In this part, we will see how to test the fuse of a car with a digital multimeter.

How to test a fuse with a multimeter

Instructions

  1. This test is going to be done with the car off and with the ignition switch in the “OFF” option.
  2. If you have any device that is consuming current, you have to deactivate them or turn them off.
  3. This with the aim of not damaging the multimeter and obtaining a more reliable diagnosis of the test.

Step by step

  1. Put the multimeter’s knob in the continuity option since we are going to be testing continuity between the dude’s terminals. With this, we will find out if the fuse is burned, open or damaged.
  2. Once we have the multimeter ready, we will touch with the tips on the top of the fuse. They have a hole at each end which is used to make this test. This hole is in contact with the terminals of the fuse. If when touching the two terminals of the fuse the multimeter emits a “beep” this indicates that the fuse is in good condition since there is continuity in it.

The video below will help you:

How to repair the thermal fuse in a dryer

As earlier mentioned, the thermal fuse in the dryer at home is a safety mechanism. The fuse is designed to explode when the internal temperature of the dryer is too high, creating a fire hazard.

When the fuse blows, the dryer stops working. The fuse is usually located on the back of the dryer, near the exhaust outlet.

Since changing the fuse only requires removing the back cover of the dryer. It is a task anyone can achieve. All dryers are slightly different, so you should refer to the documentation that accompanies the dryer before continuing.

What you’ll need

  1. Philips screwdriver
  2. New thermal fuse

Step by step instructions

  1. Unplug the dryer from the electrical outlet.
  2. Disconnect the dryer from the exhaust port on the back of the dryer.
  3. Slide the dryer off the wall, preferably about 4 feet, so you have plenty of workspace behind the dryer.
  4. Remove the panel from the back cover of the dryer. Typically, several screws along the sides of the back panel must be removed to remove the back panel.
  5. Once the screws are removed with a Phillips screwdriver, lift the back panel up and out of the bottom clips and keep it in reserve. Be careful as the edges of the back panel are sharp.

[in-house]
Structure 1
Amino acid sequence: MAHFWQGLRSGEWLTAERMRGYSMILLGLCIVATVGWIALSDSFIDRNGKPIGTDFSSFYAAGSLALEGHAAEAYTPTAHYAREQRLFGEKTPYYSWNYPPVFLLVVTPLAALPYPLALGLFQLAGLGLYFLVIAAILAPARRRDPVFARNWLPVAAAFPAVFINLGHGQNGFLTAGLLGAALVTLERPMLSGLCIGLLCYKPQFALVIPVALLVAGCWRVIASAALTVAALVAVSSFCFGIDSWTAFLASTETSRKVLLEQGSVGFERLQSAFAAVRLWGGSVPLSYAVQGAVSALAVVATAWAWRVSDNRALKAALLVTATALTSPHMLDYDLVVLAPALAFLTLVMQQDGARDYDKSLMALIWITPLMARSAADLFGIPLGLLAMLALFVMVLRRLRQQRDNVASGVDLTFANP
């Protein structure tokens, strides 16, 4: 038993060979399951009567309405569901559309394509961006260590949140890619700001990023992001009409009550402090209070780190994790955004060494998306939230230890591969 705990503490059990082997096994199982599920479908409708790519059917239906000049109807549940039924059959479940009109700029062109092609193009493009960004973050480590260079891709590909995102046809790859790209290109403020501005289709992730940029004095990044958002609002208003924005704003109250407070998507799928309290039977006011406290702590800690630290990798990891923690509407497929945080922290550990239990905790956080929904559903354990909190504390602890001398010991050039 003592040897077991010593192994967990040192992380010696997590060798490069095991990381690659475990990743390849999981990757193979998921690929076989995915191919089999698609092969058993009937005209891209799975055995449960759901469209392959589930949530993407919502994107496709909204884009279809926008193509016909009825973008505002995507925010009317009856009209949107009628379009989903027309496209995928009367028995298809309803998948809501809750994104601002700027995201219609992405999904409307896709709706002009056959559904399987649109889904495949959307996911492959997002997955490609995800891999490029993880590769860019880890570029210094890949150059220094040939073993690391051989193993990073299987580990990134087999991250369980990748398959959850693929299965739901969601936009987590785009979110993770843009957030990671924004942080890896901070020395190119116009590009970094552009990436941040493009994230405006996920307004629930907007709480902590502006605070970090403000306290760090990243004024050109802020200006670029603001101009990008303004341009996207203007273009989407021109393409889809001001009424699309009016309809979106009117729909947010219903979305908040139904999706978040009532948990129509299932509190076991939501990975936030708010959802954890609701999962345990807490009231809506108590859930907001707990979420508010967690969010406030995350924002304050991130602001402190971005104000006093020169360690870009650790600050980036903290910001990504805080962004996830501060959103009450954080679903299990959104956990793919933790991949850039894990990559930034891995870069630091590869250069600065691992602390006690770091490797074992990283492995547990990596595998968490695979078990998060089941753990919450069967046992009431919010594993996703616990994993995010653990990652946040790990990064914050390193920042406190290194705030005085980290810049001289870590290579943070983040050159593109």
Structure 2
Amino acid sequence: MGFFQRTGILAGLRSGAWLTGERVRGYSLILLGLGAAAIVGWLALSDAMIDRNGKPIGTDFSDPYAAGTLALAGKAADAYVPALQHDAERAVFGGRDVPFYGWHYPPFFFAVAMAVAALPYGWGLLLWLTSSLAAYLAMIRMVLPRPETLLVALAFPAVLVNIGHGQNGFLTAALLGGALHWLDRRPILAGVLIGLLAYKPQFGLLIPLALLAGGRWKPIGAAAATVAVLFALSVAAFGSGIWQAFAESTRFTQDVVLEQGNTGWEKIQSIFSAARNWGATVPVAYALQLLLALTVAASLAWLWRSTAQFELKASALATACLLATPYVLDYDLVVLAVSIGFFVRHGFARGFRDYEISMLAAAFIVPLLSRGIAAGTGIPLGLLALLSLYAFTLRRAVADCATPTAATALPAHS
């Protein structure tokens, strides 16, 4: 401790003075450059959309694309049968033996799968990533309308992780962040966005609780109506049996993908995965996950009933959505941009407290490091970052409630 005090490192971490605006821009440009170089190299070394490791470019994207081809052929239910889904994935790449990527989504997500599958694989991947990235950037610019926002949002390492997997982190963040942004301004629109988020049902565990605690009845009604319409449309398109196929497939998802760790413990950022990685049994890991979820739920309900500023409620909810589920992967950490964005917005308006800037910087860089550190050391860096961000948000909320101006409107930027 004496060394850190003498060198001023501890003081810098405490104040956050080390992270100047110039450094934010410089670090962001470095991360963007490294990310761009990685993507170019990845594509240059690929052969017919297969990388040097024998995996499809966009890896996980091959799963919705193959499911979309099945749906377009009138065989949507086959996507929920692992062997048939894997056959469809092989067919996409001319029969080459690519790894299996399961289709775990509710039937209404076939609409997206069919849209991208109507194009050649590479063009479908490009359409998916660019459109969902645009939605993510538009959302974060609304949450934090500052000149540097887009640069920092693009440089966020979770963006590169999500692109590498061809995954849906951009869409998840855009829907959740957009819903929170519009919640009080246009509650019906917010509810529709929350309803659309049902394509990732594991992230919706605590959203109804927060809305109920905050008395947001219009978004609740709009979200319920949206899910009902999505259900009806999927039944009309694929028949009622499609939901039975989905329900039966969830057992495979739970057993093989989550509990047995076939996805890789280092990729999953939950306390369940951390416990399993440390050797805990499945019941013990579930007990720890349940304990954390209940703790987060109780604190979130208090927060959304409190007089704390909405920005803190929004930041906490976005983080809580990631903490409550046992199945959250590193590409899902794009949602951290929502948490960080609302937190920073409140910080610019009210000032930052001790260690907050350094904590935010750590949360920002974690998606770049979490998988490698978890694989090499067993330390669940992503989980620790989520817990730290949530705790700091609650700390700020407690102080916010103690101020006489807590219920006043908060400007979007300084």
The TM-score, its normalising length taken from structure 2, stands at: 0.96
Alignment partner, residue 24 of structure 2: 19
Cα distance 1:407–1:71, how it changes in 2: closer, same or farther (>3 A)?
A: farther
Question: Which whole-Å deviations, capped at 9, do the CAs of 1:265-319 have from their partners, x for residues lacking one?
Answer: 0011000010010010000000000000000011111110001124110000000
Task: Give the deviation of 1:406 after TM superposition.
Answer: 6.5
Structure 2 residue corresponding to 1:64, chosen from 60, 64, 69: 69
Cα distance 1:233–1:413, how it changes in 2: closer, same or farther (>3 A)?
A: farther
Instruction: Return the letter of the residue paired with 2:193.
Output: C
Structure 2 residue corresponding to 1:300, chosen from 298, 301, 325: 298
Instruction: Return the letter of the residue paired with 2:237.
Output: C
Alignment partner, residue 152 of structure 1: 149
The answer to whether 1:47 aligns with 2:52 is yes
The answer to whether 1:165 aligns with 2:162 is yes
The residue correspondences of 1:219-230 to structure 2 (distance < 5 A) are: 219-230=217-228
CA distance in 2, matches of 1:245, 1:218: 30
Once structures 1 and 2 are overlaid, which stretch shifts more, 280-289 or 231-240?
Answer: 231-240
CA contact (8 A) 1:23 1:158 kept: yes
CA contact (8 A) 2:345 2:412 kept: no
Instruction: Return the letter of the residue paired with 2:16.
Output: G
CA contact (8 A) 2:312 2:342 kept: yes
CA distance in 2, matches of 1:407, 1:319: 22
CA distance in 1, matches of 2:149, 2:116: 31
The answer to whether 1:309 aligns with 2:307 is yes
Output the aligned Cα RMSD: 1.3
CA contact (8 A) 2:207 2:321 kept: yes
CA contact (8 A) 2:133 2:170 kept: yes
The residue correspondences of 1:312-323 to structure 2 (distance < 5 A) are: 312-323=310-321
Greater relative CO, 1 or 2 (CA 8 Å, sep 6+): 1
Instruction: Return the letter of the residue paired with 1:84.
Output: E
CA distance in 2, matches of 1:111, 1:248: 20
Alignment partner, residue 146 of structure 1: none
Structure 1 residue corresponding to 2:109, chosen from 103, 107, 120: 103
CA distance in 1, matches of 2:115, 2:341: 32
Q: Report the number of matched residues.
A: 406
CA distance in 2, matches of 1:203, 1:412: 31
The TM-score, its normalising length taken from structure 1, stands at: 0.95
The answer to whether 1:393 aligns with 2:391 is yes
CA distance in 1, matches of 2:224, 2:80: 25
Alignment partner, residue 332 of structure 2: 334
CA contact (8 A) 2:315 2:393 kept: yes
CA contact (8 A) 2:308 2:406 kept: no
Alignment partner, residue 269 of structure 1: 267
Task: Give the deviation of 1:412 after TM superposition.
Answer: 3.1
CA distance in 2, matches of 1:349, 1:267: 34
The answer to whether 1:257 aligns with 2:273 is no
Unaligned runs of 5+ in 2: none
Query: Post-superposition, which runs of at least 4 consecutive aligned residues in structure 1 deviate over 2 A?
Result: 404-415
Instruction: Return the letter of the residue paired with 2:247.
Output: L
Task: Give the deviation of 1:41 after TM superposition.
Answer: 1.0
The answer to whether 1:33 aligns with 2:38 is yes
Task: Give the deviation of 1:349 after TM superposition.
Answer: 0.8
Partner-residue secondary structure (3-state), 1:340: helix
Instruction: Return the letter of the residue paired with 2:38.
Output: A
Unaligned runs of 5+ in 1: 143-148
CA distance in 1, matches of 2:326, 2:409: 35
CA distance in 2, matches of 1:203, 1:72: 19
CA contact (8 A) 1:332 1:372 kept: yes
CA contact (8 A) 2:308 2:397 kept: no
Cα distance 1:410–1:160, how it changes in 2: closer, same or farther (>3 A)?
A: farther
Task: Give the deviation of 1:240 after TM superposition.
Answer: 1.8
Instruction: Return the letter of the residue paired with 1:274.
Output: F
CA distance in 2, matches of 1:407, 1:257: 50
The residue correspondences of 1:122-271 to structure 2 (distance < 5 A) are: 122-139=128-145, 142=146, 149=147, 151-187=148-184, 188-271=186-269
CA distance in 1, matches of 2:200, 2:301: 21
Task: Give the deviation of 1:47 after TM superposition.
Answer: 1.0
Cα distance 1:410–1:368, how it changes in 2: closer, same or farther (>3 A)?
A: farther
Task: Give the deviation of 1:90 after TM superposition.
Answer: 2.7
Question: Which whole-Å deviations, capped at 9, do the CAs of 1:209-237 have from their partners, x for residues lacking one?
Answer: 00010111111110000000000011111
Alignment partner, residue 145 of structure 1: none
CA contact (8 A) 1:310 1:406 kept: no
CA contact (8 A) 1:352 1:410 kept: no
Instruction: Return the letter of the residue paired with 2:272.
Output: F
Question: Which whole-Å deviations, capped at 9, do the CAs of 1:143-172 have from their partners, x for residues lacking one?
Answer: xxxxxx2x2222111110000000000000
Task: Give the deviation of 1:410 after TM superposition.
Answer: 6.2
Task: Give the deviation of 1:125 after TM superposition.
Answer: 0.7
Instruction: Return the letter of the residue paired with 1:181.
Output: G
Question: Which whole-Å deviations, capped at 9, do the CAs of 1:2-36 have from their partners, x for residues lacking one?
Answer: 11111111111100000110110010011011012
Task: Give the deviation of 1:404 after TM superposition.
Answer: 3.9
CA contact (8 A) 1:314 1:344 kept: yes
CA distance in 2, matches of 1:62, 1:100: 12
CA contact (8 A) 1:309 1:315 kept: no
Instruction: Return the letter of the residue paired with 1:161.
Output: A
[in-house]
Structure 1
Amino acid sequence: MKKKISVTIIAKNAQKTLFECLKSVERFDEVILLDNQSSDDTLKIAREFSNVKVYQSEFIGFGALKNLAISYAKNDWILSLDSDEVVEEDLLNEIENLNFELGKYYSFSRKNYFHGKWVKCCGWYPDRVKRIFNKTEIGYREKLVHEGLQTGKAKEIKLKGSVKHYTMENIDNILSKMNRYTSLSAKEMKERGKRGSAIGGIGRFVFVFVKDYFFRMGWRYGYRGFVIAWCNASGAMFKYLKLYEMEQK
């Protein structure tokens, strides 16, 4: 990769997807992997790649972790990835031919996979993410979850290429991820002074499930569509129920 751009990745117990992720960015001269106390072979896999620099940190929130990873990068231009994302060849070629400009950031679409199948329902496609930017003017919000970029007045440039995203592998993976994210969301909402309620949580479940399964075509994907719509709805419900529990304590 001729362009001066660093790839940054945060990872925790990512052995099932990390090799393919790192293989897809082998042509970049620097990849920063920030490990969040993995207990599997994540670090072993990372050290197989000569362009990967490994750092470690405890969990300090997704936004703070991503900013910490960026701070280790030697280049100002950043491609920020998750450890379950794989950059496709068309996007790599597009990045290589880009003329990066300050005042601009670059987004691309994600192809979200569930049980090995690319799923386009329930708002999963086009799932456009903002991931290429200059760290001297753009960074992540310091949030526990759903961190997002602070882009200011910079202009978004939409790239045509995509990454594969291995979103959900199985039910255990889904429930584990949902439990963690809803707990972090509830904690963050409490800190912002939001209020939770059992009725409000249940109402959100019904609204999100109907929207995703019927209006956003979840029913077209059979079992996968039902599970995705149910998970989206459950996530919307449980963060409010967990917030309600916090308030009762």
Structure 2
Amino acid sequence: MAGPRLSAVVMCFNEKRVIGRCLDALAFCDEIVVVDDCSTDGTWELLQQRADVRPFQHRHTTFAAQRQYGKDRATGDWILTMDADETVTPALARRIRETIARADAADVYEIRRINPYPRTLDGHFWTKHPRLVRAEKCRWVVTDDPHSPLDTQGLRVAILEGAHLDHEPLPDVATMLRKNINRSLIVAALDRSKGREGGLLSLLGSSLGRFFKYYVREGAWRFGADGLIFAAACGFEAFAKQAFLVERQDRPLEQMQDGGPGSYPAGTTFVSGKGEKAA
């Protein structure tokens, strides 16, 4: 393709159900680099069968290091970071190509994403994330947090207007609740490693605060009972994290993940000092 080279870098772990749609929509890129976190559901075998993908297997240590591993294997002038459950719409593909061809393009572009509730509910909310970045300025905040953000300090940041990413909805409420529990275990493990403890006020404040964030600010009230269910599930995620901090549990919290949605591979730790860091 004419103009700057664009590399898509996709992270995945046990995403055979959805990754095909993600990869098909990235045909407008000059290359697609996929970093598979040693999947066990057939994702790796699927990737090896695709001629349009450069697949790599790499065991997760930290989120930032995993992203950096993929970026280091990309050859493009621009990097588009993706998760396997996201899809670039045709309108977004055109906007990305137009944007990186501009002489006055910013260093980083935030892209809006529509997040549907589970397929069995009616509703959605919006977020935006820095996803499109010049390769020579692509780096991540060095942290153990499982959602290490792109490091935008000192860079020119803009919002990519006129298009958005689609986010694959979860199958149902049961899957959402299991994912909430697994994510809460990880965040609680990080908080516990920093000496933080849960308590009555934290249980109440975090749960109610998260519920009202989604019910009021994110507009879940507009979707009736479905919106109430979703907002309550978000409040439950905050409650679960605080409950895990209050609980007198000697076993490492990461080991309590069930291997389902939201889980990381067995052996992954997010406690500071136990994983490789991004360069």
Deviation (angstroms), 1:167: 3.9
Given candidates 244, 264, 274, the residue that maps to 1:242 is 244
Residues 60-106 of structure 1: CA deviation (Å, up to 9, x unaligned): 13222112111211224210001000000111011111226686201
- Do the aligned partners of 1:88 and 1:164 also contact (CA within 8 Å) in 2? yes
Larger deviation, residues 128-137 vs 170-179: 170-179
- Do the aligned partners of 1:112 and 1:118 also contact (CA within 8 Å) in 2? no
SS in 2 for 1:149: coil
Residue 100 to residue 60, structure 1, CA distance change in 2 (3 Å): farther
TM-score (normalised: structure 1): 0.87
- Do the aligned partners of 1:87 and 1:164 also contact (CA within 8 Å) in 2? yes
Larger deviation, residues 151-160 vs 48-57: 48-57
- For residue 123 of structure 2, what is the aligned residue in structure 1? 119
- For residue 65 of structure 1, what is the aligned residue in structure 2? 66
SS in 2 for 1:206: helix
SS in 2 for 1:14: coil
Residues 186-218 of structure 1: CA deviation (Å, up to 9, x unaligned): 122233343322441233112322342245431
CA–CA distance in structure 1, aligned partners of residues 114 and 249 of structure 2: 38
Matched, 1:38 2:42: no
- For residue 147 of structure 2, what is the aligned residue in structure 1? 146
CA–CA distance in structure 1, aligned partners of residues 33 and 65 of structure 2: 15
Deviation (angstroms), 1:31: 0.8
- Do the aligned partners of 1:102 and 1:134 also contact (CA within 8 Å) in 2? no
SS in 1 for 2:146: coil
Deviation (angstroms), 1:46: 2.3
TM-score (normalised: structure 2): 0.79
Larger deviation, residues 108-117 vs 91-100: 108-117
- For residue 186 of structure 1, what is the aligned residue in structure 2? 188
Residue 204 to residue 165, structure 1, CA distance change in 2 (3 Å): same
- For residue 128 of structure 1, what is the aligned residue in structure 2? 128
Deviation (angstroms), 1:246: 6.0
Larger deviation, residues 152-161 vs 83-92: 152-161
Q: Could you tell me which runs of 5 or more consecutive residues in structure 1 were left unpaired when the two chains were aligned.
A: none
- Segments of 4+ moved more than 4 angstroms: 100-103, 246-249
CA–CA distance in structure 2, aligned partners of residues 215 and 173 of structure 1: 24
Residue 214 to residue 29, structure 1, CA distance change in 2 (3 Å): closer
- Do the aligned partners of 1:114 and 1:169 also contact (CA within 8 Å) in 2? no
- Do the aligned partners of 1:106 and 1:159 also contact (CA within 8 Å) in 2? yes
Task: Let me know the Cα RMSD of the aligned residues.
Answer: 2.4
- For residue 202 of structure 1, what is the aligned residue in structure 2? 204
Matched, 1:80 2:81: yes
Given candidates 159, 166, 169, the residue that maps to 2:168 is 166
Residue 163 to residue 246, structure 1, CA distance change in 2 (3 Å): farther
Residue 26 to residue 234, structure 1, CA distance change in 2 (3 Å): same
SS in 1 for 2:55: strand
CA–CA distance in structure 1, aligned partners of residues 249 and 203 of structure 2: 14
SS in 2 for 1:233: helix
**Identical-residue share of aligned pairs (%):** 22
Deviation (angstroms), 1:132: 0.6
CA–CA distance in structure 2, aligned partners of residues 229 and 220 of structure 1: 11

6. Remove the blown thermal fuse. In most dryers, the thermal fuse is mounted on the side of the exhaust duct.
  7. Look for a white piece of plastic with a cable attached to each side. Remove the screws that hold it in place. Disconnect the wires from each end of the wick and detach from it. Like many fuses, a thermal fuse cannot be repaired, it is only replaced.
  8. Connect the cables to the new thermal fuse and reassemble the fuse into the exhaust conduit.
  9. Place the back cover of your dryer and reconnect the vent. Plug the dryer in and test the new fuse.

Tips and warnings

  • If the thermal fuse blows again, there may be a more serious problem with the dryer. Contact an appliance repair service to help determine the problem.
  • Never work in the dryer while it’s plugged into the power outlet.

We hope you have found a way to test thermal fuses with and without a multimeter. Kindly let us know in the comment section if any of these tutorials work for you or if you know of more effective remedies. Don’t forget to share this article “How To Test A Thermal Fuse Without A Multimeter“.

Where to buy thermal fuse

buy thermal fuse
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buy thermal fuse
  • Package includes: 3 pack 3392519 dryer thermal fuse, good to fix or repair a dryer
  • Compatibility: it is made exactly fit for most of dryers (Whirlpool, Kenmore, KitchenAid, Roper, Estate, Crosley, Inglis, Maytag, Amana, Admiral, Magic Chef)
  • Protect the dryer: the thermal fuse shuts down the dryer when it starts to overheat
  • Replacement thermal fuse: also can replace these dryers models such as 3388651, 694511, ET401, 80005
  • Note: it is non-resetable thermal fuse; It must be replaced when there is no longer continuity between the terminals

Read more: How can you check a thermostat?